Maharashtra comes up with plan to boost walking, cycling, reduce pollution and traffic
Mumbai city news: The Maharashtra government has drafted its first urban transport policy to battle increasing pollution and traffic congestionmumbai Updated: Jun 07, 2017 09:18 IST
Annoyed by increasing pollution and traffic? Don’t worry, the state has paid heed to your problems.
To battle increasing pollution and traffic congestion, the state has drafted its first urban transport policy that prioritises infrastructure development for walking, cycling and public transport and puts an emphasis on reducing private vehicles.
The draft policy, open to the public for suggestions and objections, calls for measures such as user charges to discourage personal motor vehicles, high parking fees, reducing the overall supply of parking, transit-oriented development and prioritising funds for sustainable non-motorised transport projects. The Pune chapter of the Institute of Transportation & Development Policy — an organisation based in New York that promotes environmentally sustainable transportation policies — helped the Maharashtra government draft the plan.
An official from the state urban development department said, “It will take another two to three months for the government to receive and hear all the suggestions and objections after which we will publish the final policy. The policy will be immediately applicable for all urban agglomerations and notified metropolitan regions. All other municipal corporations and notified townships will have four years to adopt the policy.”
This is Maharashtra’s first attempt at having a state urban transport policy, based on the Centre’s national urban transport policy, listing out goals for sustainable non-motorised transport with guidelines for their implementation and financing. While some individual cities such as Mumbai have undertaken comprehensive transportation studies in the past, most of the urban transport planning by the state government as well as urban local bodies has been focused on improving infrastructure for private cars. Meanwhile, the number of motor vehicles in the state has burgeoned to 2.93 crore in 2015-16 from 66 lakh in 2000-01, according to the state’s economic survey report.
The draft policy calls for 80% of all trips in a city to be made through walking, cycling or public transport. Using transit-oriented development, the policy sets a target of having 80% of the city’s population living within 500m of a basic public transport service and a minimum of 50% within 500m of a mass transit network. Similarly, the policy’s goals also involve ensuring that 60% of all jobs are within half a kilometre of a basic public transport service with a minimum frequency of 12 buses an hour, and 40% are within 500m of a mass transit network.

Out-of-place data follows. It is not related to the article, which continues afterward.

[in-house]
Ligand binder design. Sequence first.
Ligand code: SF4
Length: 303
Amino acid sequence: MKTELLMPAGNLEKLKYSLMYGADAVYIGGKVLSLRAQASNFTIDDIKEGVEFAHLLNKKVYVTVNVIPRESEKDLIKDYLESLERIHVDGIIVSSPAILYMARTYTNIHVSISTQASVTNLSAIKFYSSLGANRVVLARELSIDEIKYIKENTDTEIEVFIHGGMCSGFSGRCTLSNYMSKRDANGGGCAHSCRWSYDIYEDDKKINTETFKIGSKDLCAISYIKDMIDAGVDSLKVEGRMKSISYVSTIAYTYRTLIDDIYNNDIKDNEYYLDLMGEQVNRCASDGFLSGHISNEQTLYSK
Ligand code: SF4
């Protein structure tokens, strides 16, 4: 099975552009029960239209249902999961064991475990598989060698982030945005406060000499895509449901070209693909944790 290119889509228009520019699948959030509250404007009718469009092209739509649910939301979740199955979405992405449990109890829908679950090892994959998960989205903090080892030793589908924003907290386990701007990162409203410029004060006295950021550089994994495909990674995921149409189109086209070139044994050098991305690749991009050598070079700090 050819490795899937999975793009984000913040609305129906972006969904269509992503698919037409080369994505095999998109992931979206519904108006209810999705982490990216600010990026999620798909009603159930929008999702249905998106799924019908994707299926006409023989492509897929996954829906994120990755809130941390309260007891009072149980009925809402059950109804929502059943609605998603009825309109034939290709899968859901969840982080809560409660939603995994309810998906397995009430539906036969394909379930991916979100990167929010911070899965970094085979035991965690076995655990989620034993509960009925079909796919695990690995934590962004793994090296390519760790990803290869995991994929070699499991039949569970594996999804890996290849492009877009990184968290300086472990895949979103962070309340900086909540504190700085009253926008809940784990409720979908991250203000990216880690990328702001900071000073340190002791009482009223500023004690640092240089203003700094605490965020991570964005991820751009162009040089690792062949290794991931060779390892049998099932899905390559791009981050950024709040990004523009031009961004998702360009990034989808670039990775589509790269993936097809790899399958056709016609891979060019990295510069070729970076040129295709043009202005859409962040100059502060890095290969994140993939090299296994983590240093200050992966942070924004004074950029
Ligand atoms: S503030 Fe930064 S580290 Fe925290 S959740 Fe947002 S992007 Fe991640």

According to the policy, all civic bodies should have a ‘strategic mobility plan’ outlining a time-bound programme of achieving the policy’s goals. The state government, on the other hand, will be required to update Development Plans of cities to incorporate a transit-oriented development approach, allowing more population density near public transport nodes, mixed use zones and affordable housing in these areas.
For state government financing, too, the policy suggests prioritising projects that are primarily related to walking, cycling and public transport. According to the draft policy, the government will not fund any projects for expansion of parking spaces, and will fund construction of urban roads only if they are complete with infrastructure for pedestrians, cyclists and public transport users.
Harshad Abhyankar, coordinator of policy advocacy at the Institute for Transportation & Development Policy said, “Although there is a national urban transport policy, urban transport is a state-level subject and it is more effective for the state to have its own policy. We relied on the national policy as well as experiments from across Europe and the U.S. in formulating Maharashtra’s draft. There is a definite intent on behalf of the state government. Although implementation could be tricky, it is basically a process of step-by-step improvements along with gradual deterrents for private transport.”